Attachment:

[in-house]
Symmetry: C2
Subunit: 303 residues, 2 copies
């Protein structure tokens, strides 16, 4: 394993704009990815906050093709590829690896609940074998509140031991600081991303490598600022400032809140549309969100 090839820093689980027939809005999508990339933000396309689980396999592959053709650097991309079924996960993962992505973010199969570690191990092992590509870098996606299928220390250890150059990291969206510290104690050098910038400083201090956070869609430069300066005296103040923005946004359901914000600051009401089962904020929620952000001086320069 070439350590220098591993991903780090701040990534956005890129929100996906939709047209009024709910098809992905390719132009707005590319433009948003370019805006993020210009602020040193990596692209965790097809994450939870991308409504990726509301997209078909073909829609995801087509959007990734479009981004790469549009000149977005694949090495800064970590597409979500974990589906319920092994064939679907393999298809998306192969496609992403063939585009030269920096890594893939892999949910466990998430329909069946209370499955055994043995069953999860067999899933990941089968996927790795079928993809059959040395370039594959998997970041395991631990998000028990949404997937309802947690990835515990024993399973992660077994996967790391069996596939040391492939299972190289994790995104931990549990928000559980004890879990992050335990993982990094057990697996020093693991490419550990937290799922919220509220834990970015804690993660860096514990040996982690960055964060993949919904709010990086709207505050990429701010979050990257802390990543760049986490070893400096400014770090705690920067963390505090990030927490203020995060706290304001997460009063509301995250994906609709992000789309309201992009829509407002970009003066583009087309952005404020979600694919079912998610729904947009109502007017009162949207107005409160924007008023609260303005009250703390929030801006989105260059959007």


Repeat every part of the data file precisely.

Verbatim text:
[in-house]
Symmetry: C2
Subunit: 303 residues, 2 copies
């Protein structure tokens, strides 16, 4: 394993704009990815906050093709590829690896609940074998509140031991600081991303490598600022400032809140549309969100 090839820093689980027939809005999508990339933000396309689980396999592959053709650097991309079924996960993962992505973010199969570690191990092992590509870098996606299928220390250890150059990291969206510290104690050098910038400083201090956070869609430069300066005296103040923005946004359901914000600051009401089962904020929620952000001086320069 070439350590220098591993991903780090701040990534956005890129929100996906939709047209009024709910098809992905390719132009707005590319433009948003370019805006993020210009602020040193990596692209965790097809994450939870991308409504990726509301997209078909073909829609995801087509959007990734479009981004790469549009000149977005694949090495800064970590597409979500974990589906319920092994064939679907393999298809998306192969496609992403063939585009030269920096890594893939892999949910466990998430329909069946209370499955055994043995069953999860067999899933990941089968996927790795079928993809059959040395370039594959998997970041395991631990998000028990949404997937309802947690990835515990024993399973992660077994996967790391069996596939040391492939299972190289994790995104931990549990928000559980004890879990992050335990993982990094057990697996020093693991490419550990937290799922919220509220834990970015804690993660860096514990040996982690960055964060993949919904709010990086709207505050990429701010979050990257802390990543760049986490070893400096400014770090705690920067963390505090990030927490203020995060706290304001997460009063509301995250994906609709992000789309309201992009829509407002970009003066583009087309952005404020979600694919079912998610729904947009109502007017009162949207107005409160924007008023609260303005009250703390929030801006989105260059959007």